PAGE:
The multishot slide 16 is slidably mounted within trough 60 and is movable between a first position for directing molten material into the first die cavity (See FIG. 3) and a second position for directing molten material into the second die cavity (See FIG. 4). The multishot slide 16 is generally rectangular and includes a die face 50 that abuts with the ejector die face 30 when the die assembly 10 is closed. The slide 16 defines a pair of semi-circular recess 52 and 54 in the bottom edge 56 thereof. The first recess 52 is positioned to concentrically align with the shot sleeve 112 when the slide 16 is in the first position. Likewise, the second recess 54 is positioned to concentrically align with the shot sleeve 112 when the slide 16 is in the second position. Both recesses 54 include a diameter slightly larger than the outer diameter of the plunger 118, thereby allowing the advancing plunger 118 to extend beyond the slide 16. The die face 50 defines a passageway 58 extending from recess 54. The passageway 58 is a semi-circular trough extending partially across the slide die face 50. When the slide 16 is in the second position, the passageway 58 defines a flow path between the inlet 32 and the runner segment 36 allowing molten material to flow into the second die cavity. The slide 16 includes a dovetail rib 66 extending longitudinally along its rear face 68. The dovetail rib 66 is fitted within groove 62 to slidably interlock the slide 16 and cover die 14.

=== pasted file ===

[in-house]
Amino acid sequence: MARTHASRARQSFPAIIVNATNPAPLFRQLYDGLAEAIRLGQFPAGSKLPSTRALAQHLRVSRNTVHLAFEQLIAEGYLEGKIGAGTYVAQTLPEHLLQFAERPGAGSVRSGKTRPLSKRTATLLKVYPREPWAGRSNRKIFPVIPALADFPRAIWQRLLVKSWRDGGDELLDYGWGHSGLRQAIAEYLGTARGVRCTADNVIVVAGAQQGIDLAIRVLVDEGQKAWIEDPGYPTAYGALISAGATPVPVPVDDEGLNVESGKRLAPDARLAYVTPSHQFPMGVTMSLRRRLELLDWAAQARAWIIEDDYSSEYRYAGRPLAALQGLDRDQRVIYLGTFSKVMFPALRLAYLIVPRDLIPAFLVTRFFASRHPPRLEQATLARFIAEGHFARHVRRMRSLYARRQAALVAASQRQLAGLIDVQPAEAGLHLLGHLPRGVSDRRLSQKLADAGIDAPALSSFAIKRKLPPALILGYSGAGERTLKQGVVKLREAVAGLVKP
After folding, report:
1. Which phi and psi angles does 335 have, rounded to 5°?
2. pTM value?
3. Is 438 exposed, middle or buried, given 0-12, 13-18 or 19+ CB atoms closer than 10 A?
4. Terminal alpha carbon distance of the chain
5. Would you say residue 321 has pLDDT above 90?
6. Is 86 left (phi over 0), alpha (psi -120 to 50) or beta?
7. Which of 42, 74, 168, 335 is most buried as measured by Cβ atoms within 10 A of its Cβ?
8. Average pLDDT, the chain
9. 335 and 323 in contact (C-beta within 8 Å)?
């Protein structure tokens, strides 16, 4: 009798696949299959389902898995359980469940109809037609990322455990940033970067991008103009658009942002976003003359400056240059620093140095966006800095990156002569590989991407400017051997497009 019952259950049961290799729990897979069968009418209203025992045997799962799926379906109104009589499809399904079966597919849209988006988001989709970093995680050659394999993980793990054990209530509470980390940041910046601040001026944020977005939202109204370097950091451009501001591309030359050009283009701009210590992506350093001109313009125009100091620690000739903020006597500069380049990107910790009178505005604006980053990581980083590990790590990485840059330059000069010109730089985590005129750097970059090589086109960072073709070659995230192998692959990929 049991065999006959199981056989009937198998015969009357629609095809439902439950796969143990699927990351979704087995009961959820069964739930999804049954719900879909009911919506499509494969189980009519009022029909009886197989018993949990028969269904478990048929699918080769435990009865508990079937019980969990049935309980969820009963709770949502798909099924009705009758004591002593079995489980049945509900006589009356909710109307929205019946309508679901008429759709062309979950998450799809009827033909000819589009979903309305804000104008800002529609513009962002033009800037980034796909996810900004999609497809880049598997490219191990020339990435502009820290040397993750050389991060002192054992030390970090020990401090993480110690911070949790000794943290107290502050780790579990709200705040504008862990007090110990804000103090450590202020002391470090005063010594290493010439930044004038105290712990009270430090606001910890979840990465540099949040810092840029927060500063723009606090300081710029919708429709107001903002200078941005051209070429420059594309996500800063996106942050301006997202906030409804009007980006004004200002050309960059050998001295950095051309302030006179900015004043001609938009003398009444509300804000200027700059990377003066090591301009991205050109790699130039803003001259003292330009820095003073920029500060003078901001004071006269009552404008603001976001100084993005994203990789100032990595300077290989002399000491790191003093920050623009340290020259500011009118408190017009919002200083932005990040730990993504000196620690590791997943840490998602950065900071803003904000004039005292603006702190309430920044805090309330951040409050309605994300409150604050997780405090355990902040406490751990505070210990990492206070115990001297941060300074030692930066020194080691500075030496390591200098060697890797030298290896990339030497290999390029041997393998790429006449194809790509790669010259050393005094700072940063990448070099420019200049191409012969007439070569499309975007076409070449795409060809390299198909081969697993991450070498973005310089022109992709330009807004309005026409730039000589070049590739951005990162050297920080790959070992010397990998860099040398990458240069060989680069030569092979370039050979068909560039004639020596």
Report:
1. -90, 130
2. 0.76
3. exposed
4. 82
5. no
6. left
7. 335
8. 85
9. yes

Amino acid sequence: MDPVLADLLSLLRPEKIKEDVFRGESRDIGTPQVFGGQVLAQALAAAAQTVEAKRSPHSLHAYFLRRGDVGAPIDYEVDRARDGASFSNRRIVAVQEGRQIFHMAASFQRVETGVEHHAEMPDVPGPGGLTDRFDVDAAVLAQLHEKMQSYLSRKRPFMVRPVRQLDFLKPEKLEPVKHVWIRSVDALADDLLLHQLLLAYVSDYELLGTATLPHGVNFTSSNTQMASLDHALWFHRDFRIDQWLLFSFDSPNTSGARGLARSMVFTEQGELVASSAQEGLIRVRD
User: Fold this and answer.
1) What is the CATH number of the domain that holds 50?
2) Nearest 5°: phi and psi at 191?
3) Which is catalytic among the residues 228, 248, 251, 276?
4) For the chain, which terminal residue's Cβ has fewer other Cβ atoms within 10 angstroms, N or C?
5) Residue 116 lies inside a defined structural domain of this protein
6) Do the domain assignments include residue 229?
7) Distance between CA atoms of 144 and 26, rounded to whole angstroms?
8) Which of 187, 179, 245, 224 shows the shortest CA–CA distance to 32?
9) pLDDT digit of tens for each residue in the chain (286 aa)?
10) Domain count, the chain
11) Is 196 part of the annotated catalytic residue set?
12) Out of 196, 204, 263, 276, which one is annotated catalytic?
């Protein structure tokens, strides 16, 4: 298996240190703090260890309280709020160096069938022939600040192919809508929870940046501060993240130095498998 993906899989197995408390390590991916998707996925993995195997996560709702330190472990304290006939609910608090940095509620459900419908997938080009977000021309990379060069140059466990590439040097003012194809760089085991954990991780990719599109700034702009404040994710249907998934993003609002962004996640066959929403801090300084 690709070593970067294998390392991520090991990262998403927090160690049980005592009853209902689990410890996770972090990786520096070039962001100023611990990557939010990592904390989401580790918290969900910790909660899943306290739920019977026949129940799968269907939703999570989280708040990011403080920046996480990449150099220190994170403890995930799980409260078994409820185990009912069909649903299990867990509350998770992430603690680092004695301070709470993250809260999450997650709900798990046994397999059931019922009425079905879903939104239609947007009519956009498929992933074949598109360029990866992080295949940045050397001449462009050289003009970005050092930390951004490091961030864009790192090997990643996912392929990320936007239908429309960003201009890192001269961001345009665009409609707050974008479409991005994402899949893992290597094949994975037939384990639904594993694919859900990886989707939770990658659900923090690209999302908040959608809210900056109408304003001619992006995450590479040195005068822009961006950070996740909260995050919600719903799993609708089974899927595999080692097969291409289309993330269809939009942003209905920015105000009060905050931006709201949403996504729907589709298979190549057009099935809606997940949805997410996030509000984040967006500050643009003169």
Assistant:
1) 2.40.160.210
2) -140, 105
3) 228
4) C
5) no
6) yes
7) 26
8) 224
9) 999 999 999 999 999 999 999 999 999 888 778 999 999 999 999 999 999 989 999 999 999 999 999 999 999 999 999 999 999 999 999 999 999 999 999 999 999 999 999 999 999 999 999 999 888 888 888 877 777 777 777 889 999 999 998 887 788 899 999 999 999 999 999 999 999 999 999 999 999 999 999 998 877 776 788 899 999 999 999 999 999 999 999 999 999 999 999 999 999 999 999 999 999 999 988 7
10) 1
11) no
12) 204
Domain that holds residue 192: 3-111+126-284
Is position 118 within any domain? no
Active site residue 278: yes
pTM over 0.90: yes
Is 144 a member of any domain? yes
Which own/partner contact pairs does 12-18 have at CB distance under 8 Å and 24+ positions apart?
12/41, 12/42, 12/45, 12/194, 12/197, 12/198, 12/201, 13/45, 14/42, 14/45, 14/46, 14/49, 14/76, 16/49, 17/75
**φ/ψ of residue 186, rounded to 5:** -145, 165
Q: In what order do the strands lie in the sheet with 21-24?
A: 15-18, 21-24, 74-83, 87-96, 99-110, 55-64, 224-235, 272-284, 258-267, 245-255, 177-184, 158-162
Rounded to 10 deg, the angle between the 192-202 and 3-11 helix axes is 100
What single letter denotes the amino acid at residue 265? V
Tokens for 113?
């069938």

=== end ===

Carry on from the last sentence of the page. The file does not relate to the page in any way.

The die assembly also includes a control mechanism 26 for selectively moving the multishot slide 16 between the first and second positions. The control mechanism includes a conventional hydraulic cylinder 70 mounted to the cover die 14. A rod 72 extends from the hydraulic cylinder 70 to the slide 16 to impart the movement of the cylinder 70 to the slide 16.

The shot sleeve system 110 is generally conventional and includes a shot sleeve 112 having an internal bore 114, a plunger 118 seated within the internal bore 114, a plunger rod 132, and a hydraulic cylinder (not shown) for reciprocating the plunger 118 and plunger rod 132. The shot sleeve 112 extends into the cover die 14 through bore 42 and terminates flush with cover die face 40 such that the internal bore 114 is in fluid communication with the inlet 32 when the die assembly 10 is closed. The end of the shot sleeve 112 within the cover die 14 defines a notch 136 for allowing the slide 16 to intersect with internal bore 114. The shot sleeve 112 defines a pour hole (not shown) for introducing molten material into the internal bore 114. The plunger 118 is generally conventional and reciprocates within the shot sleeve 112 to inject the molten metal from the internal bore 114 into the die cavity 106. As noted above, the plunger 118 is actuated by a hydraulic cylinder (not shown).

Operation